How to Install an Earlier Version of a CocoaPod

I’ve only used CocoaPods to level up to the latest version of whatever library I’m using. However, now with Swift support, I’ve found that I have to use a previous version of a CocoaPod because I’m still using an earlier version of Swift in my project.

For example, Quick has already released a Swift 2.0 – compatible version, but if you have a Swift app in production, you can’t upgrade to it yet! Yet, you might need to upgrade from Swift 1.1 to Swift 1.2.

Finding and installing the correct version of a CocoaPod is simple (once you know how to do it of course!):

1. Find your pod on – here is Quick
2. Go to the pod’s Github page

cocoapods quick github

3. Select the releases tab

Quick Releases Swift

4. Now you can read the release notes to figure out which version is the latest for the Swift version you need in your project. Hopefully the library maintainers made that clear!

Quick Releases

5. Install the correct version of the pod using the release tag version! So for Quick with Swift 1.2 you would add the following to your pod file:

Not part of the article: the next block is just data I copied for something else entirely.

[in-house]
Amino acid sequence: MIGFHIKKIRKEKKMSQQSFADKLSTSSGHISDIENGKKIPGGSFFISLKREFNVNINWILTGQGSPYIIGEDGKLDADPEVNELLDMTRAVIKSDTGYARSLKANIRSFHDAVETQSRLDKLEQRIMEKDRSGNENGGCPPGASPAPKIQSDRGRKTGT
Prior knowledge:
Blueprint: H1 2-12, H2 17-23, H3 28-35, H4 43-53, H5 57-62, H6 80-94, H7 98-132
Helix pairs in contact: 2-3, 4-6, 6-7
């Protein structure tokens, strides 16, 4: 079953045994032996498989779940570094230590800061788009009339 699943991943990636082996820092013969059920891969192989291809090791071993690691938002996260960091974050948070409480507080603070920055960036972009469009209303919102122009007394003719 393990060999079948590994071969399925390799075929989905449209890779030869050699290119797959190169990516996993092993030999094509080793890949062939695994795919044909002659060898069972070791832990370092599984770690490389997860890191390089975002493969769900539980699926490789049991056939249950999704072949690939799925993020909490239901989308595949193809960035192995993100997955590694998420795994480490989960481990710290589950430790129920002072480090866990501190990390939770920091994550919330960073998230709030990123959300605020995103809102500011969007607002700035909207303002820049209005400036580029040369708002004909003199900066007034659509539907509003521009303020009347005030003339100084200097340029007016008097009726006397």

pod 'Quick', '0.3.1'

If anyone knows of a better / easier way to do this, let me know in the comments. Enjoy CocoaPods with Swift!

Enjoy the article? Join over 20,000+ Swift developers and enthusiasts who get my weekly updates.

  • andreamazz

    Hi. It might be worth mentioning that if a pod follows semantic versioning you can use the optimistic operator ~> to pull down minor non-breaking fixes that can be released in the future. So you can specify:
    pod ‘Quick’, ‘~> 0.3’
    This way if a critical fix is released in version 0.3.2, Cocoapods can safely download it without changing the Podfile. The Cocoapods guide covers this thoroughly:

    • Xavi Matos

      agreed, though semantic version sort of break downs when a project is being cautious about claiming that something is a 1.0
      i also imagine that anything below 1.0 is actually shifting the meaning of the numbers over by one, where a change from 0.3 to 0.4 is a major, pre-stable change.
      specifying ‘~> 0.3.1’ as you did seems to reflect this thinking